Diagnosing Shoulder Problems
In the majority of cases, the sports medicine physician can diagnose a shoulder injury with a thorough medical history and a comprehensive physical exam. There are more than 50 shoulder exam tests that the physician can perform, each one providing specific clues about the nature of the shoulder injury. The physician may order additional tests, such as X-rays, MRI scan, and arthrogram, to provide him with more information and assist him in the diagnosis. Time is an important component in the diagnosis and treatment of shoulder problems. Some shoulder injuries take a long time to heal, sometimes weeks to months. The diagnosis of "little league shoulder," which is a stress reaction in the growth plate of the shoulder joint similar to a fracture, requires that the child stop throwing until the area heals completely.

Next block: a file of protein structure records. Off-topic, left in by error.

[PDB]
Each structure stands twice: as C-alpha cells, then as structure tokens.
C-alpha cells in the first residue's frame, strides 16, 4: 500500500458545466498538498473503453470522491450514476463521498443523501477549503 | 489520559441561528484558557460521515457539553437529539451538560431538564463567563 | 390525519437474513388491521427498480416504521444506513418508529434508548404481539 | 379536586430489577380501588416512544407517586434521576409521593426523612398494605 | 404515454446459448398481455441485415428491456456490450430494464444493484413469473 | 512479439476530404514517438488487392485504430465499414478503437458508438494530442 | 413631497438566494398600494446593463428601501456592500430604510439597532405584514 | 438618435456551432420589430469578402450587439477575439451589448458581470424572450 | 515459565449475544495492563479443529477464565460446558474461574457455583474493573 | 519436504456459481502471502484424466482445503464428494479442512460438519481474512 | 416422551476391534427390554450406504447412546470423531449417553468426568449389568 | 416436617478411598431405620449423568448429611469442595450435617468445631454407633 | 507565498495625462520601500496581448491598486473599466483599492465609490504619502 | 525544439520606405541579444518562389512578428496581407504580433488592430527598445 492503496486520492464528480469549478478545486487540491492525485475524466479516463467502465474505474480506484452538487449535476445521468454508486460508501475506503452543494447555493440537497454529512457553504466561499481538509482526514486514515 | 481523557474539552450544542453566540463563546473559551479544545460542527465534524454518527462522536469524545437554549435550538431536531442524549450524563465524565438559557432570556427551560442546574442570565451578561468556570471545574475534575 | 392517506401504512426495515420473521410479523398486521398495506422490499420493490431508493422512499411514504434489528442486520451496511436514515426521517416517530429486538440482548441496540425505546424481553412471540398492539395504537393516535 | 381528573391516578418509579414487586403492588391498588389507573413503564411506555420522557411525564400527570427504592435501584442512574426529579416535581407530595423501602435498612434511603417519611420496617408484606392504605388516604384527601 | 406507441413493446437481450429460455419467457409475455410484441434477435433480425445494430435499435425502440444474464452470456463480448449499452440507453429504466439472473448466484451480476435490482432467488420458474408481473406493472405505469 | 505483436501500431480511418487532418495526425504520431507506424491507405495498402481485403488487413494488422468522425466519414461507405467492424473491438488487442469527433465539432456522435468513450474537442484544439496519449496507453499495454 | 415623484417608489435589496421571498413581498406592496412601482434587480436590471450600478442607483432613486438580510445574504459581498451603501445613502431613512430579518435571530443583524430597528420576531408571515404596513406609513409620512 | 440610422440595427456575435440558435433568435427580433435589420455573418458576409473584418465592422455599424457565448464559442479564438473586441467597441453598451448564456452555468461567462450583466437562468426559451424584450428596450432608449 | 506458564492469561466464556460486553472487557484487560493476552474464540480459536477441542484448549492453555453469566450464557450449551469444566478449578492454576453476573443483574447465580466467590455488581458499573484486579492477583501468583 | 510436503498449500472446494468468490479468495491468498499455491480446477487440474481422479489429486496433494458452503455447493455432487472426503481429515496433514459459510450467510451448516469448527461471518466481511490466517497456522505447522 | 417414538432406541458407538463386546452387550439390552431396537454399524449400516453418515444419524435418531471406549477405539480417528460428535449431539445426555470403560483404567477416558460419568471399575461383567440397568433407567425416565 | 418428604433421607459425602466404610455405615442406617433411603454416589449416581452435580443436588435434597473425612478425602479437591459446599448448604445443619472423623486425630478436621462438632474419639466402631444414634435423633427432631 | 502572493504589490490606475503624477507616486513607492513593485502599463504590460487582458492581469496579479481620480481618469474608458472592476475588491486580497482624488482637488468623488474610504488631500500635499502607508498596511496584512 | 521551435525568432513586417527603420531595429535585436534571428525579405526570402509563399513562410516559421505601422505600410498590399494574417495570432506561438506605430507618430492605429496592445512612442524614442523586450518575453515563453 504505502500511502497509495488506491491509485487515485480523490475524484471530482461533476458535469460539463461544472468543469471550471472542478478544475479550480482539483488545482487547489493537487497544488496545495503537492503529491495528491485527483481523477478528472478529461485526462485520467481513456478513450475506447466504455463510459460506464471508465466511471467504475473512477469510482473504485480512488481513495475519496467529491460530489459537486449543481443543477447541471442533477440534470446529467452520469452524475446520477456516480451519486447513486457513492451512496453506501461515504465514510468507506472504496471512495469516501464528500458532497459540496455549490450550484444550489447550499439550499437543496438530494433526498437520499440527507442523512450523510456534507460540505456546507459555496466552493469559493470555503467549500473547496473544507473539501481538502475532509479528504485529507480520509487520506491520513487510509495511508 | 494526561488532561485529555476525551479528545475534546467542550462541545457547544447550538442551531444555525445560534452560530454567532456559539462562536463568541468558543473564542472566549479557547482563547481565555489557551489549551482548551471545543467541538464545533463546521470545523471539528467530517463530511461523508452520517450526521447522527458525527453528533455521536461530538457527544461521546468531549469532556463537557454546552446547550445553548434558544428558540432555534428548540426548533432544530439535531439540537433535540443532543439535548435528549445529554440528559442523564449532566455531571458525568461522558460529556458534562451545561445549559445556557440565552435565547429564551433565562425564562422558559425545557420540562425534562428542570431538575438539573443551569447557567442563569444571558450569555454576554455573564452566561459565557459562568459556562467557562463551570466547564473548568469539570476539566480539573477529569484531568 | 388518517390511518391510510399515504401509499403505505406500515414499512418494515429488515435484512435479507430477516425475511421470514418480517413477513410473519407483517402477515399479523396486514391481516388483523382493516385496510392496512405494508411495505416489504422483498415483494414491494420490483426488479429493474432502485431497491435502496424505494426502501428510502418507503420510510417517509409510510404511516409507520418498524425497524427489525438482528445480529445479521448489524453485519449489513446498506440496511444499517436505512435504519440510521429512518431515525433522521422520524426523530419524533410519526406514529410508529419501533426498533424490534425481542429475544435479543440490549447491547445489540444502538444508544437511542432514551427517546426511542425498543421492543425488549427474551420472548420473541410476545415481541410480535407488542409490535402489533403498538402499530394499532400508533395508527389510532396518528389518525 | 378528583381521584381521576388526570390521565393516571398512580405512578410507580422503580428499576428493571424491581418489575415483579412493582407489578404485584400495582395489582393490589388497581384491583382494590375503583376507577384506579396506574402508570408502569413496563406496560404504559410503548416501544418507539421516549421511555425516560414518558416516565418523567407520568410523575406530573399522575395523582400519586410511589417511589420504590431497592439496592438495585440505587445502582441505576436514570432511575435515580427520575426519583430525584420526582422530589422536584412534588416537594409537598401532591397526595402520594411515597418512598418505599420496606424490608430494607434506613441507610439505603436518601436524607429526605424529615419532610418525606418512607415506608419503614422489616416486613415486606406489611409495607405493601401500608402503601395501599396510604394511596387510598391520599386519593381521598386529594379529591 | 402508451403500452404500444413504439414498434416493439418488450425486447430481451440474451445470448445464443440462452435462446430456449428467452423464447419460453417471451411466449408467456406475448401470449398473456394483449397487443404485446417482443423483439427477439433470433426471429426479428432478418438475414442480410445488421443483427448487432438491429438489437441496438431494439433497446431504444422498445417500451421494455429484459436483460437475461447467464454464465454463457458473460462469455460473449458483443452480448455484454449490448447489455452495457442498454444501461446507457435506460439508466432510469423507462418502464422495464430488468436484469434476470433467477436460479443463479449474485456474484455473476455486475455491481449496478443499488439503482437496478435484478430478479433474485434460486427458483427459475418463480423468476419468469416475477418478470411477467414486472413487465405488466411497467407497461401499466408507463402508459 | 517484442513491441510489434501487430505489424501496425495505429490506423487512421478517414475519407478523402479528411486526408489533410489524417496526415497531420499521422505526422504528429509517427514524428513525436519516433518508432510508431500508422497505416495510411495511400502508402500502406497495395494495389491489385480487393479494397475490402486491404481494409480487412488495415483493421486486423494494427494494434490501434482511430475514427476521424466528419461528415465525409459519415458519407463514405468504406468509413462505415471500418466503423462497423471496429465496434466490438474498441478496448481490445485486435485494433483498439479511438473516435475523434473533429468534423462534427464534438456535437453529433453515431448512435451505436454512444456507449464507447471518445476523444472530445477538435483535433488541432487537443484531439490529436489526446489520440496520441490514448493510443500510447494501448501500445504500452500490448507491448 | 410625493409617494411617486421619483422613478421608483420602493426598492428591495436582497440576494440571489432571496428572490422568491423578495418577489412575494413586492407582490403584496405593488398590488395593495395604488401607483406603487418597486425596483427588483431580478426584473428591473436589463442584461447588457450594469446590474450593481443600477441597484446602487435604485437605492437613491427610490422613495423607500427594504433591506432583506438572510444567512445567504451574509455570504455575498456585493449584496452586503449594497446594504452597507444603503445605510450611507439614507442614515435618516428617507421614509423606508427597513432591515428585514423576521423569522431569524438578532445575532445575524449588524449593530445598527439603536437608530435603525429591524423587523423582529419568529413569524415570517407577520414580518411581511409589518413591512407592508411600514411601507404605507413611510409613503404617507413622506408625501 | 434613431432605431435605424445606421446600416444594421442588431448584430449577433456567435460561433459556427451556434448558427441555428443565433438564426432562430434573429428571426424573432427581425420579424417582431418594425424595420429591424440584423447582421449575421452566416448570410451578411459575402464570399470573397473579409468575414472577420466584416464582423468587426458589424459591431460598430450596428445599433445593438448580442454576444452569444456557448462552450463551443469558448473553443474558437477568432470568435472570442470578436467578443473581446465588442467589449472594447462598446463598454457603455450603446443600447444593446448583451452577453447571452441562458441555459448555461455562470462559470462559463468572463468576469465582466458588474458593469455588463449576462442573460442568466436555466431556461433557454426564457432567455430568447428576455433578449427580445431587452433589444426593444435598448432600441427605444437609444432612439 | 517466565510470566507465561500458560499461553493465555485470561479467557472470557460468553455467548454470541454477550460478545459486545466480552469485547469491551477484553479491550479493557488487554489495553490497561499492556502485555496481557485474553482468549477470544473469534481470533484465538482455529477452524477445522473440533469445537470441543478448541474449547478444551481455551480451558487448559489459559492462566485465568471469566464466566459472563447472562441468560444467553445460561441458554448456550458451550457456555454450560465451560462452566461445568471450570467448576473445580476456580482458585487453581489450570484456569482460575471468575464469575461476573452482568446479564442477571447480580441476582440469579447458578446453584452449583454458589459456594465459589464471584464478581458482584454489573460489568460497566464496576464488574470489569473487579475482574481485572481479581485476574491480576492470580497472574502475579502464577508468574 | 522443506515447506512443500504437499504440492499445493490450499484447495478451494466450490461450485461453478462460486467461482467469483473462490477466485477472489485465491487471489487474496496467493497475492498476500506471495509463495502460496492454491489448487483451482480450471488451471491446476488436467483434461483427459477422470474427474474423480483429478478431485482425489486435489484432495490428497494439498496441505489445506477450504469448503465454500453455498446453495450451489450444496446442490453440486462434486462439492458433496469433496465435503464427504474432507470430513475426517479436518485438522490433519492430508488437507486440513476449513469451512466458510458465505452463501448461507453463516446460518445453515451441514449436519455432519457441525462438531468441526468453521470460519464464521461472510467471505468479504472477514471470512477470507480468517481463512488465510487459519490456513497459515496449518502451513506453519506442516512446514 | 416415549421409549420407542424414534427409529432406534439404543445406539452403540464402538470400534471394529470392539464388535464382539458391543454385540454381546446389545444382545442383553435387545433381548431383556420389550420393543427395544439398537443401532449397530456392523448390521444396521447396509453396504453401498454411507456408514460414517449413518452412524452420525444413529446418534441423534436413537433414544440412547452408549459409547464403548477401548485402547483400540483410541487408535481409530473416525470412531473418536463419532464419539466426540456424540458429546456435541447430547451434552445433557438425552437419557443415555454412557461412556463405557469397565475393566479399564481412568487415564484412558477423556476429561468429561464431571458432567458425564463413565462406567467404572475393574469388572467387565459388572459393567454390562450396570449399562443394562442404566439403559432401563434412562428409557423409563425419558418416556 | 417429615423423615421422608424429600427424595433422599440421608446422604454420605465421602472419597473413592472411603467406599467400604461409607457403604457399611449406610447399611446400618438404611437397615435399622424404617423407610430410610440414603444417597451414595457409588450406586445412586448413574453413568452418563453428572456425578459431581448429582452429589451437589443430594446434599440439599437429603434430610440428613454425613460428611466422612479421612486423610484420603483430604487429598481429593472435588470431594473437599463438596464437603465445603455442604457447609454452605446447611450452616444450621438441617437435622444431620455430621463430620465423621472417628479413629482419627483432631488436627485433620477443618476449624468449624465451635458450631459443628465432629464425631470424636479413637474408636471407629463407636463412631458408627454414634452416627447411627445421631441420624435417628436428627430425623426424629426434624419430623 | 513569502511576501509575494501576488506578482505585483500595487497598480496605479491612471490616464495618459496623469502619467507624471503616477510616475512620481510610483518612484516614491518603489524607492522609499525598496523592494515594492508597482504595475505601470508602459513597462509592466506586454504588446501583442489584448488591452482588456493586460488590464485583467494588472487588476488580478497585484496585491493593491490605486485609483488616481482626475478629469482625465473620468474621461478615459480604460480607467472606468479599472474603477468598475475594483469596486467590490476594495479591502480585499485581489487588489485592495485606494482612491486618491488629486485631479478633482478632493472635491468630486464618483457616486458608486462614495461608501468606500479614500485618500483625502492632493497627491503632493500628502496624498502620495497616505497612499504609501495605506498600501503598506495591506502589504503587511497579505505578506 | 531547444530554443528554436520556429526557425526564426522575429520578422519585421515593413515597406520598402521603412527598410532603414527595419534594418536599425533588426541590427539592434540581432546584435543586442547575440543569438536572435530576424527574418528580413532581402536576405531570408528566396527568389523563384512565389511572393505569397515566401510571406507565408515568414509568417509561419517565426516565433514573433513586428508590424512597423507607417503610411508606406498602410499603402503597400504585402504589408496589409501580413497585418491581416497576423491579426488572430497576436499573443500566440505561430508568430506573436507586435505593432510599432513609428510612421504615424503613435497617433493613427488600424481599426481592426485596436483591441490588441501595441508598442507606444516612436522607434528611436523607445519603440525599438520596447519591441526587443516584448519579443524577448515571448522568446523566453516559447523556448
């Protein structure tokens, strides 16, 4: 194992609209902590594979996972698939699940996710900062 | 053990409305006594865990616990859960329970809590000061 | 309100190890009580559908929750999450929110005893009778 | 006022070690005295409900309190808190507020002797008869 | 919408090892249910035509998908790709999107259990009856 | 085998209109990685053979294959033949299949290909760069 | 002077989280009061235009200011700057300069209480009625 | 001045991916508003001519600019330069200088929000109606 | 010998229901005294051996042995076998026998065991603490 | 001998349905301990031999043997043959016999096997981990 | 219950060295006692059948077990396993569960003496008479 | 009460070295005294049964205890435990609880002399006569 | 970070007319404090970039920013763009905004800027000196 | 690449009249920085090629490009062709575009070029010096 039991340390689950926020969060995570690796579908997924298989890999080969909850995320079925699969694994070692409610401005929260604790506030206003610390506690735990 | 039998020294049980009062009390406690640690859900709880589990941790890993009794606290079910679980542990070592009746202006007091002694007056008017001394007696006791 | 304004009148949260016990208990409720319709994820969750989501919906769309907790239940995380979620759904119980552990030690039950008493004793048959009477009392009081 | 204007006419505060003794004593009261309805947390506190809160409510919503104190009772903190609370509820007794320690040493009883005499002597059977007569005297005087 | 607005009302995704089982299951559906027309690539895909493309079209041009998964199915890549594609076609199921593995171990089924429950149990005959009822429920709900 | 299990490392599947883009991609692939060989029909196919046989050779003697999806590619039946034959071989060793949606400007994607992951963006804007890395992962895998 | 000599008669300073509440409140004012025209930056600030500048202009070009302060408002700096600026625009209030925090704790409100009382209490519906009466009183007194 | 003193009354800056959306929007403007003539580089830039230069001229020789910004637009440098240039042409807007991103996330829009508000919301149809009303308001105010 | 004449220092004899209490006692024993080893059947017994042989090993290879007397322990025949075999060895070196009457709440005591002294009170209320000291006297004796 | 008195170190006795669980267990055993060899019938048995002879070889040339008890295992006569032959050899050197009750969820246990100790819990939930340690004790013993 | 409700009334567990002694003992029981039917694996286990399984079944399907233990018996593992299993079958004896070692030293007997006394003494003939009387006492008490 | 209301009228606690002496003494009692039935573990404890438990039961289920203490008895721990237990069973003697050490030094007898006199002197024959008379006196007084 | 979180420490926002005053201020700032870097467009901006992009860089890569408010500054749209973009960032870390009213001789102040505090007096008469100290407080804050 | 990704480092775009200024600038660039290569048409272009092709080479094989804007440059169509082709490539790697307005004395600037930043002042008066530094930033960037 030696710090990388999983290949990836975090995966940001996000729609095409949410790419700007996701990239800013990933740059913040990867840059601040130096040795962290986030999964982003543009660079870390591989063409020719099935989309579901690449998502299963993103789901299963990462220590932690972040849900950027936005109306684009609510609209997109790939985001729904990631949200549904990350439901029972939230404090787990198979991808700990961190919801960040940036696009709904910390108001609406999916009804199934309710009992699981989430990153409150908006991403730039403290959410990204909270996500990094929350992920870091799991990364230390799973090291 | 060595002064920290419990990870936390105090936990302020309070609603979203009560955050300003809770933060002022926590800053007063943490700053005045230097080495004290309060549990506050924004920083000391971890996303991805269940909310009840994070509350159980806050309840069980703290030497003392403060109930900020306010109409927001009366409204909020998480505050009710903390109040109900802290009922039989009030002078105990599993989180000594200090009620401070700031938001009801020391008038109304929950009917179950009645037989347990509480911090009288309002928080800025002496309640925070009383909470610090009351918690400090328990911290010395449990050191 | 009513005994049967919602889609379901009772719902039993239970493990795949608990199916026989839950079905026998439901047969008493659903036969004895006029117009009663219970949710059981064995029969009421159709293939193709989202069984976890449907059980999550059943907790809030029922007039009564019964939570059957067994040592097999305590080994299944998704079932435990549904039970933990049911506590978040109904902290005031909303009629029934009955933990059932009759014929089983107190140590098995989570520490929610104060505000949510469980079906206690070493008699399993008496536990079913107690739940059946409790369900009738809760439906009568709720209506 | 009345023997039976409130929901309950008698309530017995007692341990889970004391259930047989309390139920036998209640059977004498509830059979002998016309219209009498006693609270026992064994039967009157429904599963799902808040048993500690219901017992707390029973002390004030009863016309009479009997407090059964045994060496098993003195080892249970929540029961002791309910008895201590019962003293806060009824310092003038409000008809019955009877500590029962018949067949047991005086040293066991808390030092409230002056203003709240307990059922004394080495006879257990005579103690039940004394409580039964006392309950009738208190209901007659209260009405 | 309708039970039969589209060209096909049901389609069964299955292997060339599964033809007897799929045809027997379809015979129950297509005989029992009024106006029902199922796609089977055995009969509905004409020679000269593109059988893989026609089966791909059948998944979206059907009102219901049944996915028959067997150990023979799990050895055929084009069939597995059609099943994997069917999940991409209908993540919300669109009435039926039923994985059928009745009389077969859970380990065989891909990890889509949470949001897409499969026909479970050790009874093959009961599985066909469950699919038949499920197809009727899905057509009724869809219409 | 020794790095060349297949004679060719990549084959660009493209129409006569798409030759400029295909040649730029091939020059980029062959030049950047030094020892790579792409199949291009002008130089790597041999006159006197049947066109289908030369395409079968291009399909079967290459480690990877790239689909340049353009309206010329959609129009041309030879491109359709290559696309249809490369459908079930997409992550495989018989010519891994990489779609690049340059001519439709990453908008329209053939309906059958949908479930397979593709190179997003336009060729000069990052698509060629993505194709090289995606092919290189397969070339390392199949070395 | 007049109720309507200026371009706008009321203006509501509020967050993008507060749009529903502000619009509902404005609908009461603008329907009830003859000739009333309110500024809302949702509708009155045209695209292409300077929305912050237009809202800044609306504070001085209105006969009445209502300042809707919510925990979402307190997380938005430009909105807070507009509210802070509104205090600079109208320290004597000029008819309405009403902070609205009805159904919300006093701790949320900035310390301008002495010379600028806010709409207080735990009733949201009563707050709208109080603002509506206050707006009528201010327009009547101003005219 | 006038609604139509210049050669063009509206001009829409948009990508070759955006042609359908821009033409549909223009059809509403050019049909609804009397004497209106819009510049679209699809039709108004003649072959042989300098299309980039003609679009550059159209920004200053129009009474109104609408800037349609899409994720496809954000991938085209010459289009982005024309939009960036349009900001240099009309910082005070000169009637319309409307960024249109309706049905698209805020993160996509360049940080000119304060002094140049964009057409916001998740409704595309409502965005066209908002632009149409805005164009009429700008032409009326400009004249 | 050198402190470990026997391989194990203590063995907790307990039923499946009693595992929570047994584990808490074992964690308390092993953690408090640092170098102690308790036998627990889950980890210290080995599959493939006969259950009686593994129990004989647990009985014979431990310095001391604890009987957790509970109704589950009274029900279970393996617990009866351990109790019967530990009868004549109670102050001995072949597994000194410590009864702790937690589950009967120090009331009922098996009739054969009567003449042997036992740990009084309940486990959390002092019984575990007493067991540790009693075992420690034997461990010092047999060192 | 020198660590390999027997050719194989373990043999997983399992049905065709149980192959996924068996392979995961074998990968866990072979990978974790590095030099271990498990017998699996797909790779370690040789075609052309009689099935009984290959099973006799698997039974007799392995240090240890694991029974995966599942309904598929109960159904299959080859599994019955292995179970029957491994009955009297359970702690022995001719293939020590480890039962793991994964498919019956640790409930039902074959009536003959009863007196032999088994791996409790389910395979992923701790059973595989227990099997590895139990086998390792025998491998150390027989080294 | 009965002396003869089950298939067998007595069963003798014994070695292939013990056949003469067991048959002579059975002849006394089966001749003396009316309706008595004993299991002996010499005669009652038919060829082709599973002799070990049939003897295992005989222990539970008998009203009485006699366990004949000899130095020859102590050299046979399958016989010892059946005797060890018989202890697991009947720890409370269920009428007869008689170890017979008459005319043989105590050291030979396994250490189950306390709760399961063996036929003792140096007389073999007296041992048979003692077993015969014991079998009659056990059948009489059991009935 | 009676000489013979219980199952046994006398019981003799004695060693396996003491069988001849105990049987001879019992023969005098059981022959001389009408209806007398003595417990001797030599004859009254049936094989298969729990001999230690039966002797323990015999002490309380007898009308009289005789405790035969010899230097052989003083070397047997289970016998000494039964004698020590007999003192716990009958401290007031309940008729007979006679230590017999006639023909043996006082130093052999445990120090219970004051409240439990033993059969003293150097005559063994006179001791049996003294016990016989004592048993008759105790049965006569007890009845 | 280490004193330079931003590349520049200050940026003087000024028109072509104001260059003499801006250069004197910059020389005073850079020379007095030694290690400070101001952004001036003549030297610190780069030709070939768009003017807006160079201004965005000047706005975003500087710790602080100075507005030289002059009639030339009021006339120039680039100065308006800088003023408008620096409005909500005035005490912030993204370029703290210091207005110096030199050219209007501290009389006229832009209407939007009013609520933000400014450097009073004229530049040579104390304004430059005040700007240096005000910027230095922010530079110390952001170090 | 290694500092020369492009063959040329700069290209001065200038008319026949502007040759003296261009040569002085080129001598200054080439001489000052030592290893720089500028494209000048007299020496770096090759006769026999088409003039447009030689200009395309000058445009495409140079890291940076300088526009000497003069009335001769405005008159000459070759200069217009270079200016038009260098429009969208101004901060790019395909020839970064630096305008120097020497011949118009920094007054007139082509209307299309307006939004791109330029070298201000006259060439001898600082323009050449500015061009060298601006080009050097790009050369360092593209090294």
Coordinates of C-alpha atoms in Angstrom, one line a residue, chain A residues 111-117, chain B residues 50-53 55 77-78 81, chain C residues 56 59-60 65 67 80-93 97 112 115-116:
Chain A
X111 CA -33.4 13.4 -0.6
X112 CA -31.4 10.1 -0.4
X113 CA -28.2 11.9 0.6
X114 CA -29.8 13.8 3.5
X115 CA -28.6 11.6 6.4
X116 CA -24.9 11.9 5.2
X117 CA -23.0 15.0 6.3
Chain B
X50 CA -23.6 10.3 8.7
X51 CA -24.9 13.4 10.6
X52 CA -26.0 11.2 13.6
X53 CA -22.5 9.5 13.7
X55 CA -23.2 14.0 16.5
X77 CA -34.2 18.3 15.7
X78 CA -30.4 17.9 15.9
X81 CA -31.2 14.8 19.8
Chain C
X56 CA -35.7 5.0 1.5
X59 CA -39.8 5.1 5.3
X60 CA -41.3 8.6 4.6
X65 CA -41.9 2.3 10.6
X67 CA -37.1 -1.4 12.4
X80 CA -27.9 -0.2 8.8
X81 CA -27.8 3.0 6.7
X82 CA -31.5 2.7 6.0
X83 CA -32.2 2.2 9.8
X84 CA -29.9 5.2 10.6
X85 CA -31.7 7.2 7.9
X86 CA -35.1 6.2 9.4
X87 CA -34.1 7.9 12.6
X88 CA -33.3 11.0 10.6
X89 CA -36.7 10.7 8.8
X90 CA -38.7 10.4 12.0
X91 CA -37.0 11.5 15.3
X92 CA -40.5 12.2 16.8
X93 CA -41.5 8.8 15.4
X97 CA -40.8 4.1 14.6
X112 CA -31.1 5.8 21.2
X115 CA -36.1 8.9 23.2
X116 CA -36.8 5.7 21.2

Returning to Sports
Warming Up. The athlete should move all major joints through their complete range of motion several times before starting play. Stretching and strengthening exercises help prevent injury.
Playing the Game. When resuming the sport of choice, play at a lower intensity. In tennis, plan to rally for a short period of time and avoid difficult, problem shots. Play for a lesser amount of time or play doubles. Resume competitive play once the shoulder is healed.